Quince: the “Poster Child of Slowness”

...ctus that is probably competing with it. We’ll hope it does better in the next season. Filling in for my lack of backyard quince, Homegrown Neighbor was nice enough to pop by with some she bought local Asian market. The label must have lost something in translation, but refers to a variety called “Pineapple quince”. Karp points out in his article that this is the most prevalent commercial variety. When picked fresh it could conc...

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SIPS and Kraut at Project Butterfly

...ening, poultry, DIY cleaning products and beer making — all outlined with a sense of play and fun.—Whole Life Times “…a delightfully readable and very useful guide to front- and back-yard vegetable gardening, food foraging, food preserving, chicken keeping, and other useful skills for anyone interested in taking a more active role in growing and preparing the food they eat.”-Boingboing.net...

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Nasturtium Powder

...the pods. Also, the flowers make a particularly beautiful pesto. But this year, inspired by the culinary experiments of forager Pascal Baudar and his partner Mia Wasilevich (friend them in Facebook if you want a daily dose of foraging greatness) I decided to make a nasturtium powder. It’s simple: Dry the leaves. Here’s a fast way: take a bunch of nasturtium leaves and spread them in a single layer between two paper towels. Microwave...

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Thank You Chicago!

Some unfinished Chicago business: Thanks again to Nancy Klehm for hosting me. If you aren’t familiar with Klehm’s work you can read her articles at Arthur Magazine (note especially her take on the swine flu), view some video of a foraging walk she conducted, or take one of her classes. Also, thanks to Chicago Reader reporter Martha Bayne for writing a nice article about me. Bayne’s also the force behind Soup and Bread, a pot lu...

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Forager and Humanurist Nancy Klehm in Los Angeles

Nancy Klehm is coming to Los Angeles for two exciting events–one on foraging and the other on humanure: Edible Urbanforage Walk Saturday February 16 4 to 6 pm. February, is the ideal time to forage Los Angeles! Nance Klehm will be leading this urbanforage. On this walk, we will learn to identify edible and medicinal plants, hear their botanical histories and stories of their use and share tastes of what we find. The urbanforage will start...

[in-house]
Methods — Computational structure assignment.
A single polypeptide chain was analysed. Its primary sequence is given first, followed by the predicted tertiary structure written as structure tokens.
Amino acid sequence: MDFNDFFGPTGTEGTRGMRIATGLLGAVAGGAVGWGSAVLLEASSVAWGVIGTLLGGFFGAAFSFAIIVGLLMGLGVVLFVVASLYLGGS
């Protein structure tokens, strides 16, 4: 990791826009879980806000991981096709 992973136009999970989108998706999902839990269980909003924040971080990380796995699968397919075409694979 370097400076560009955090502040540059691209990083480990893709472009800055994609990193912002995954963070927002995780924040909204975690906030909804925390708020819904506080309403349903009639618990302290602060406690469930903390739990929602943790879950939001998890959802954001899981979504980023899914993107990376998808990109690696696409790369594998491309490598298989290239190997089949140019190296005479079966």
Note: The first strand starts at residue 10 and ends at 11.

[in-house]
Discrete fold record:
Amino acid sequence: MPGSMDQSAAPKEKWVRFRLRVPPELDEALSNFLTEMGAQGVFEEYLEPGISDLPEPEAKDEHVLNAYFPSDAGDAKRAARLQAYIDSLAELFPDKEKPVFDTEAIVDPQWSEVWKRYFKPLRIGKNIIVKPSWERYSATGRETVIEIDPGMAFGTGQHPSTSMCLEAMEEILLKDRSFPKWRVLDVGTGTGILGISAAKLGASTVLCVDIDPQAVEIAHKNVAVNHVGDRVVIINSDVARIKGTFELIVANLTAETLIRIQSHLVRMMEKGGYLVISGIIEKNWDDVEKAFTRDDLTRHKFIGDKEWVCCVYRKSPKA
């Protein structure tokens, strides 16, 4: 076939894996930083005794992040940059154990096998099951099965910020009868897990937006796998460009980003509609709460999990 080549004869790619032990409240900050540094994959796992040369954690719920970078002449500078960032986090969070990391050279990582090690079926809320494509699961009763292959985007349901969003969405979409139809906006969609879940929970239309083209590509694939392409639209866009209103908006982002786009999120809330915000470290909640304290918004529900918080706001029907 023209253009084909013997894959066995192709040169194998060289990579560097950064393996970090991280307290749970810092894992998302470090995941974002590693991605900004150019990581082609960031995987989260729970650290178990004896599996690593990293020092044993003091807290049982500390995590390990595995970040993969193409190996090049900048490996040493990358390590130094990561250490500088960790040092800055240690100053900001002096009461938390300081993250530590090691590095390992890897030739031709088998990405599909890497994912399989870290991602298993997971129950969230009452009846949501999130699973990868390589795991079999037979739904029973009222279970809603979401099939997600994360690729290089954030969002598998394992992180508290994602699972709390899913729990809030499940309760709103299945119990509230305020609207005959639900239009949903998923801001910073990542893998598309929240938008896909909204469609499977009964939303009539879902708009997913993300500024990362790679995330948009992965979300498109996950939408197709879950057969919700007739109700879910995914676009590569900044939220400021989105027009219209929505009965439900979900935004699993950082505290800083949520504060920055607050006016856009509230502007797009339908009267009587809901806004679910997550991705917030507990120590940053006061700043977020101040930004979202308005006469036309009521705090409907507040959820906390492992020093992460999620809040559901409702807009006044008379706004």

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Italian Dandelion Redux

...mes to observe such a hardy plant. While my cabbage and kale wither under the hot sun and an army of aphids, the Italian Dandelion seems immune to both pest and disease. And, nearby, volunteer mallow hints at a spring of easy foraging. Horace was on to something. And to all who responded to my call for urban homesteaders: I’m overwhelmed by the response (and the emails!). You are all an incredible inspiration and, like my botanical friend C...

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Eat This City

From the Sky Full of Bacon podcast, a video on Chicago urban foragers Art Jackson and Nance Klehm: Sky Full of Bacon 07: Eat This City from Michael Gebert on Vimeo. Be sure to check Nancy’s website Spontaneous Vegetation for information on her projects and upcoming foraging classes in the spring....

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Loquat season is here!

...e commercial producers, and others downright feral. All of this is to say that there is going to be a huge variation in the loquat experience from place to place–which is reflected in the comments below. *** *Re: fruit foraging: I consider it fair/legal to snag fruit from street trees, those trees growing on the strip of public land between the street and the sidewalk, and fruit which overhangs the sidewalk. Now, of course, you don’t...

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Help! Small birds are eating us out of house and home!

...have left it at that? ( I suspect we’re not going to win any permaculture awards for our feeder.) Bird people, help! What are your thoughts on feeders? Is it okay to leave the feeder empty sometimes? Does that encourage foraging, or is it just not very nice to be random about the filling? Is there a cheaper alternative to Nyjer ™ seed that finches like? Perhaps something that doesn’t come from Africa? (argh!) Buck watching finch...

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